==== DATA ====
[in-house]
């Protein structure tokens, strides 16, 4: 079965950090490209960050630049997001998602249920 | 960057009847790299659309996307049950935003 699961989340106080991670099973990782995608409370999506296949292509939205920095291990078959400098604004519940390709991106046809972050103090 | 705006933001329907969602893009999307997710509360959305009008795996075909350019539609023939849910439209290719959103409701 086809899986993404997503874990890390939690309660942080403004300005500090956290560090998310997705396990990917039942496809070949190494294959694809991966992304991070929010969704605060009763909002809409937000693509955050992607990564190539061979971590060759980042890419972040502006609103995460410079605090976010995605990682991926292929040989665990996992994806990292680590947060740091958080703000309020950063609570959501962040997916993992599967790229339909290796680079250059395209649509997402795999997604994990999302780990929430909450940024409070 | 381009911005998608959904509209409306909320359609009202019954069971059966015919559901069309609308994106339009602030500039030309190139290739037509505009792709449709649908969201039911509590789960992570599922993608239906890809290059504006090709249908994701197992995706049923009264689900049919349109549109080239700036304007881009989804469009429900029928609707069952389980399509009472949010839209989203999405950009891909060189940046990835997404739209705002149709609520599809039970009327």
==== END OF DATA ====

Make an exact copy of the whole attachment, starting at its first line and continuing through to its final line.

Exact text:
[in-house]
């Protein structure tokens, strides 16, 4: 079965950090490209960050630049997001998602249920 | 960057009847790299659309996307049950935003 699961989340106080991670099973990782995608409370999506296949292509939205920095291990078959400098604004519940390709991106046809972050103090 | 705006933001329907969602893009999307997710509360959305009008795996075909350019539609023939849910439209290719959103409701 086809899986993404997503874990890390939690309660942080403004300005500090956290560090998310997705396990990917039942496809070949190494294959694809991966992304991070929010969704605060009763909002809409937000693509955050992607990564190539061979971590060759980042890419972040502006609103995460410079605090976010995605990682991926292929040989665990996992994806990292680590947060740091958080703000309020950063609570959501962040997916993992599967790229339909290796680079250059395209649509997402795999997604994990999302780990929430909450940024409070 | 381009911005998608959904509209409306909320359609009202019954069971059966015919559901069309609308994106339009602030500039030309190139290739037509505009792709449709649908969201039911509590789960992570599922993608239906890809290059504006090709249908994701197992995706049923009264689900049919349109549109080239700036304007881009989804469009429900029928609707069952389980399509009472949010839209989203999405950009891909060189940046990835997404739209705002149709609520599809039970009327």